- Use stitch markers religiously for pattern repeats.
- Follow chart symbols exactly – don’t improvise.
- Check your stitch counts frequently.
- Take your time, and don’t race through patterns.
- Lifelines can save you from having to rip back rows.
- Block thoroughly to open up the lace fabric.
Still, finding lace intimidating? Start with just a lace edging like these for a low-stakes introduction:
Now that you have a solid grasp on lace fundamentals let’s explore knitting cables next!
Also Read: MAKING NATURAL BEESWAX CANDLES AT HOME
While they may look complex, cables are created simply by crossing stitches out of their normal order. This gives the fabric a three-dimensional texture as the stitches pass over and recede to the back of the fabric.
Here’s what you’ll need to start cabling:
- Cable needle – A short double-pointed needle to hold the stitches temporarily out of order.
- Stitch markers – Mark cross boundaries and pattern repeats.
- Appropriate yarn and needles – Avoid super bulky or textured yarns.
The two basic maneuvers for creating cables are:
Right cross (RC): Hold the first stitches to the cable needle and hold it to the back of the work. Knit the next set of stitches from the left needle, then knit stitches from the cable needle. This crosses the first set of stitches to the right over the second set.
Left cross (LC): Hold the first set of stitches to the cable needle and hold it to the front of the work. Knit the next set of stitches from the left needle, then knit stitches from the cable needle. This crosses the first set of stitches to the left over the second set.
Other key techniques for cabling include:
- Traveling stitches: Knit stitches that cross over multiple cable crosses to create extended cables.
- Mock cables: Mimic cables use twisted stitches instead of a cable needle.
- Twisted stitches (TPT): Knit or purl through the back loop to twist the stitch.
- Cable cast-on/bind-off: Special methods to match cables.
Some tips for beginner cable knitters:
- Start with just 2-4 stitch wide cables like a basic braid. Wider cables involve handling more stitches on the needle.
- Work cables over stockinette stitch rather than reverse stockinette initially. The knit stitch background shows off the cables beautifully.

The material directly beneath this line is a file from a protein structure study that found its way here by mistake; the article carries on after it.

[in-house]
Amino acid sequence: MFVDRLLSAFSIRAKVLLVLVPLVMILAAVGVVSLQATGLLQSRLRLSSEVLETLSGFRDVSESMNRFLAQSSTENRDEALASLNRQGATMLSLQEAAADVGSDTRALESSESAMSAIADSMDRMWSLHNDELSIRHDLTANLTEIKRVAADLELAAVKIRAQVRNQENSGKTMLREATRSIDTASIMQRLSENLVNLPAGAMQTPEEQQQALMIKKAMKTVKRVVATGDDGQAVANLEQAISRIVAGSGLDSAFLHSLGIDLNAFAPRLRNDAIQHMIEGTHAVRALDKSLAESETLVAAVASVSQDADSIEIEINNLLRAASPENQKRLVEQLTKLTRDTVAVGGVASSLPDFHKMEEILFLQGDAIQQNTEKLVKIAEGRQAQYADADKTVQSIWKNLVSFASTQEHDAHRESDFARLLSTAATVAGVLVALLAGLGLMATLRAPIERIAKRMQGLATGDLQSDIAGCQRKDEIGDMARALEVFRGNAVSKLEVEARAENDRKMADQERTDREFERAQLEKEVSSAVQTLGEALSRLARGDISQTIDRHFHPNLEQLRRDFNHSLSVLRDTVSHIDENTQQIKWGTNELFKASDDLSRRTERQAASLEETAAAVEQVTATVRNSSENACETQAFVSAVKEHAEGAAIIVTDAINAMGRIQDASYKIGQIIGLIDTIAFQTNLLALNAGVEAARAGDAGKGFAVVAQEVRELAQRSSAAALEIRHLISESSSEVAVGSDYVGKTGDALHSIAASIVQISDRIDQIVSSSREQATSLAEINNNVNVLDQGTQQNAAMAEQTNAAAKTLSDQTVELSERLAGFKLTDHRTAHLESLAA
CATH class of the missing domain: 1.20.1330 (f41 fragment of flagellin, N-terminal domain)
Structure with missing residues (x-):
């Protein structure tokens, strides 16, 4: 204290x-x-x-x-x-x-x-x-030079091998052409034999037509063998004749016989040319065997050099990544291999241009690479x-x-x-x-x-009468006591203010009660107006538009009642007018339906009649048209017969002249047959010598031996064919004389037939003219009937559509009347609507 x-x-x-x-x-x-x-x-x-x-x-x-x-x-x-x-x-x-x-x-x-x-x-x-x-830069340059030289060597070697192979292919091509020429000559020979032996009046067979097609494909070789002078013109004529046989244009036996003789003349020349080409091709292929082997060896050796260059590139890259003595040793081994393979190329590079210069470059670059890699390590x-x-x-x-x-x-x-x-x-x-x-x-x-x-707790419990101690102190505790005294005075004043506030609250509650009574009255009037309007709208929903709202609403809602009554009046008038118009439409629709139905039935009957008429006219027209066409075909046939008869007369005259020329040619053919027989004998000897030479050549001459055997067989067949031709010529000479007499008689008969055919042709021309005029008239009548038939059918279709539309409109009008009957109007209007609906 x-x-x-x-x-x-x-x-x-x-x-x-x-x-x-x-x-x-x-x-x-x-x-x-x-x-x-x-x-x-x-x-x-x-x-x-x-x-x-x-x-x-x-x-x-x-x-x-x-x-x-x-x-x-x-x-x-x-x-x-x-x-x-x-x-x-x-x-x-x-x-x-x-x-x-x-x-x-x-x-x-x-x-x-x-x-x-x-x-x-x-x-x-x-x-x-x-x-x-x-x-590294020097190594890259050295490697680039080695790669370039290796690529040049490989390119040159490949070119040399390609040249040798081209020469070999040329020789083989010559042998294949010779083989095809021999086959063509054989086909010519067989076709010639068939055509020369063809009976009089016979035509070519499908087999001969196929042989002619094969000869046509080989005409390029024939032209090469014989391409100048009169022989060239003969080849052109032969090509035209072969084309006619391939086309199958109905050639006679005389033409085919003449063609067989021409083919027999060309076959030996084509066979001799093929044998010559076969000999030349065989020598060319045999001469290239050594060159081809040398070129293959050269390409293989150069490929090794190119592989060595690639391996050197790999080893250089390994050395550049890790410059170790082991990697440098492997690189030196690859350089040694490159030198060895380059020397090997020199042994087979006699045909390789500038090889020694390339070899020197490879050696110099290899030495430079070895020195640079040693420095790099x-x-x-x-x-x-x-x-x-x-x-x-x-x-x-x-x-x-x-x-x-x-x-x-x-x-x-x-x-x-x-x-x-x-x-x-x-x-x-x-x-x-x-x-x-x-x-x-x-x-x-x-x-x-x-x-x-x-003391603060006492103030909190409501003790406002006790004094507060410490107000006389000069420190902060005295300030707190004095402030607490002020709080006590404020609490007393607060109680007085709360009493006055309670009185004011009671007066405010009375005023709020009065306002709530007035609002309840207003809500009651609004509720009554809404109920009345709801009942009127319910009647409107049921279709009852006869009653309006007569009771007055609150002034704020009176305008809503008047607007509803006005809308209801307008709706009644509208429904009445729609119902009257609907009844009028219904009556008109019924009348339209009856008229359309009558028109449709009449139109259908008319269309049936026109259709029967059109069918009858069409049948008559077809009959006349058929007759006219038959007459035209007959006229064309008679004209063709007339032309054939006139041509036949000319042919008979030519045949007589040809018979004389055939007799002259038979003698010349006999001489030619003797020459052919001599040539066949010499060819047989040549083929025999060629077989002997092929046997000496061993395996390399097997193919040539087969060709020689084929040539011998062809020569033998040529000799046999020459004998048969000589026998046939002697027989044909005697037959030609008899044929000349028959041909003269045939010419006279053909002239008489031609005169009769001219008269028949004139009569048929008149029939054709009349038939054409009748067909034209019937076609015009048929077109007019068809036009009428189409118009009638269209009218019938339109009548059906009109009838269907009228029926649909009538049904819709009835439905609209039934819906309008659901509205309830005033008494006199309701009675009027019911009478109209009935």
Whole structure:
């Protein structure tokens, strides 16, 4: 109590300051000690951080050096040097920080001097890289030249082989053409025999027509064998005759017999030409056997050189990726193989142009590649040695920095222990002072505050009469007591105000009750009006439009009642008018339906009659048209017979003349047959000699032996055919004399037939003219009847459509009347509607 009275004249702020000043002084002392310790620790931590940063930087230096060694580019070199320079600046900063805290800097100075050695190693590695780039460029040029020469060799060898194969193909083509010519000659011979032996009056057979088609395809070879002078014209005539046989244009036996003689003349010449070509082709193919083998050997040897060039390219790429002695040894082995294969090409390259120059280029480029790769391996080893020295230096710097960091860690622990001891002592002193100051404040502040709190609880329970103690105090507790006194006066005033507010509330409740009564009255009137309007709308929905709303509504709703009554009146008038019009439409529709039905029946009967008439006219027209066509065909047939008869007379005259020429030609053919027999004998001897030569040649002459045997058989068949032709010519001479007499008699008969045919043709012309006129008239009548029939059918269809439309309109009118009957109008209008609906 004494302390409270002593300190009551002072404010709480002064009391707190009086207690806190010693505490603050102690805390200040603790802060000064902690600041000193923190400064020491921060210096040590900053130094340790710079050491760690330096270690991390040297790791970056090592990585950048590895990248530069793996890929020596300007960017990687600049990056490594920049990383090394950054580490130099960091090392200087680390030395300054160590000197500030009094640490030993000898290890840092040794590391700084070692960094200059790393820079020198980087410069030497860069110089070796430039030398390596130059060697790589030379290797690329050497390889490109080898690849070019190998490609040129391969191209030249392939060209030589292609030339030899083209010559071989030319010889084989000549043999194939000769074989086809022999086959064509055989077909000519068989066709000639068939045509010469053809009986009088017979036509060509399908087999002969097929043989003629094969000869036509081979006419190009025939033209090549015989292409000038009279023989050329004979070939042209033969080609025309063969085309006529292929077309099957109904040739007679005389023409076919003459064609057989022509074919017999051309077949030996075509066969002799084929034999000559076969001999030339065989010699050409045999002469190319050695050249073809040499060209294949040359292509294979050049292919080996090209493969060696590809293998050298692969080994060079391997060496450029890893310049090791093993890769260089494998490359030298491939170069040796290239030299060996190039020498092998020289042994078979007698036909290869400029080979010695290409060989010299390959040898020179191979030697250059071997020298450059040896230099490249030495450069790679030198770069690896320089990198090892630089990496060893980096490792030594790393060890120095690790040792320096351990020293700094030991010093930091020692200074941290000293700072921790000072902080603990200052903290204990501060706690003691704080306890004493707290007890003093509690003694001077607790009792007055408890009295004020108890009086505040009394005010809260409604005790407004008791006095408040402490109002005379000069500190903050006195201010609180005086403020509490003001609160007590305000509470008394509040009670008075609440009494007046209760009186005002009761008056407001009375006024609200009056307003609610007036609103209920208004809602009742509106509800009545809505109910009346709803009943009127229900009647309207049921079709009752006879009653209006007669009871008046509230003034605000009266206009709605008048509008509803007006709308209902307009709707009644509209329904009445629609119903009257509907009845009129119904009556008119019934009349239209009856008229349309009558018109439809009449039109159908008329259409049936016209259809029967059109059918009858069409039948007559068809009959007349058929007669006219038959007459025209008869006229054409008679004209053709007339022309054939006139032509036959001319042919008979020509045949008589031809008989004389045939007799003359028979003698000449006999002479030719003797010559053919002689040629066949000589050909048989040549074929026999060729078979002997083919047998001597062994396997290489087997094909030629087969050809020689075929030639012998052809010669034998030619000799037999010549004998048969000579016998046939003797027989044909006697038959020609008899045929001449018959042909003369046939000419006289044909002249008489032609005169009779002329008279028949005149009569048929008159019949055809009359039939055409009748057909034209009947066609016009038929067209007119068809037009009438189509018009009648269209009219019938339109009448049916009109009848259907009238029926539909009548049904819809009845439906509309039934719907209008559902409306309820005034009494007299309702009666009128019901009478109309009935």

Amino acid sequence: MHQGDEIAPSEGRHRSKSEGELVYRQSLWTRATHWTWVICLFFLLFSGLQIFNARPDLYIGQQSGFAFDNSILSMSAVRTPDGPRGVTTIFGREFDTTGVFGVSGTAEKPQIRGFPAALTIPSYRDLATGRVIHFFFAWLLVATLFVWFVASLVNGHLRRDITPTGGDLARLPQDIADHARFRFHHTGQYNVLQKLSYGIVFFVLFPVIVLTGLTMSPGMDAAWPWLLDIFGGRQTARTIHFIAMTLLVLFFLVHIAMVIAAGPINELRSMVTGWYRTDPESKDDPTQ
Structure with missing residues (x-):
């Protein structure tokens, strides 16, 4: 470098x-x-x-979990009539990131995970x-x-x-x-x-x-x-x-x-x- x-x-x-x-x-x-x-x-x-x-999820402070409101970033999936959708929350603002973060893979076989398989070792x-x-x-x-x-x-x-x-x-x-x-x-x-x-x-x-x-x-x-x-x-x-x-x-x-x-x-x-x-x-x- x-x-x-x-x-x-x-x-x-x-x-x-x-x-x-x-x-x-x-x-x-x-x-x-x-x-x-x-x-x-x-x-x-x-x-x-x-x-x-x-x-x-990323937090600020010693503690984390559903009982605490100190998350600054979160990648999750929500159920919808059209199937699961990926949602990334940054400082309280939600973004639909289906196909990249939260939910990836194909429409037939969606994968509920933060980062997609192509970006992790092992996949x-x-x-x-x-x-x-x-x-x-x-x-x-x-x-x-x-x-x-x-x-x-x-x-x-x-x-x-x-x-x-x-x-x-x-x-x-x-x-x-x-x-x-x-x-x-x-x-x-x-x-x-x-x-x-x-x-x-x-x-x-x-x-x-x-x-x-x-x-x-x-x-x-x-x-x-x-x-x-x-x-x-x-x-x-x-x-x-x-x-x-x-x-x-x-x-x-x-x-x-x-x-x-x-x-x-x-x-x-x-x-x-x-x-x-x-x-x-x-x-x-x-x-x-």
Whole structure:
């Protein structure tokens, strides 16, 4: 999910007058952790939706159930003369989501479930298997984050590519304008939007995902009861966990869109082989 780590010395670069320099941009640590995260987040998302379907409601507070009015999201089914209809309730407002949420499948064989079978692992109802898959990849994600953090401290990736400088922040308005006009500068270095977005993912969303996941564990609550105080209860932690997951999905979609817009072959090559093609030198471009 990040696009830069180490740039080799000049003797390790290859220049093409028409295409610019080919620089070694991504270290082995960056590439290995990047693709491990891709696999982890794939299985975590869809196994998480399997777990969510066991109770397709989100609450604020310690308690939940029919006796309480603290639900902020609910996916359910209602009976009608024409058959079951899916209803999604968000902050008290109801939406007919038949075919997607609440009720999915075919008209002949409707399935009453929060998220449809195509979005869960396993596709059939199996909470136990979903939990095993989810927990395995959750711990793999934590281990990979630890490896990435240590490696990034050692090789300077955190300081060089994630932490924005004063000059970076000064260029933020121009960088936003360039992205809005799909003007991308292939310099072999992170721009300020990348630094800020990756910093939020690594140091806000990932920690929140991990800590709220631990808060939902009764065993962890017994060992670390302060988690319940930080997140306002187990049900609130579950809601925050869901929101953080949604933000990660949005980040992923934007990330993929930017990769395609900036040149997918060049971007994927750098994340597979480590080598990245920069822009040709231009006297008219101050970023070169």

- Keep your tension even across cable crosses to avoid loose or tight stitches.
- Ensure your cable needle is narrow enough not to stretch out the stitches.
- Let the cables cross naturally – don’t stretch or pull them.
Now let’s look at some quick and easy cable knitting patterns ideal for beginners.
Quick and Easy Cable Patterns
Just like with lace, starting small with cable accessories builds your confidence. Here are beginner-friendly cable projects to try:
Hats are a knitting staple perfect for practicing cables, like:
- Braided Cable Hat – Two-stitch cable braids.
- Twisted Earflap Hat – Combines mock and true cables.
- Cozy Cable Beanie – Uses textured slip stitch pattern.
Headbands highlight cables nicely in a small circular project:
- Celtic Cable Headband – Classic interlocking cable design.
- Honeycomb Cable Headband – Textured honeycomb pattern.
- Braided Cable Headband – Reversible two-stitch cables.
Cowl patterns like these make great introductions to cabling in the round:
- Cozy Checkerboard Cowl – Alternating front/back cable crosses.
- Crossed Cables Infinity Cowl – Mock cables and two-stitch crosses.
- Twisted Trinity Cowl – Uses classic Trinity stitch cables.
In addition to the patterns above, these are easy cable stitches every beginner should know:
- Two-stitch braids – The simplest interlacing cable cross.
- Four-stitch ropes – Two sets of LC/RC crosses next to each other.
- Basketweave – Cables cross in a checkerboard pattern.
- Horseshoe cables – U-shaped crosses resembling horseshoes.
When you’re ready to progress beyond simple braids, look for these beginner-friendly cable patterns: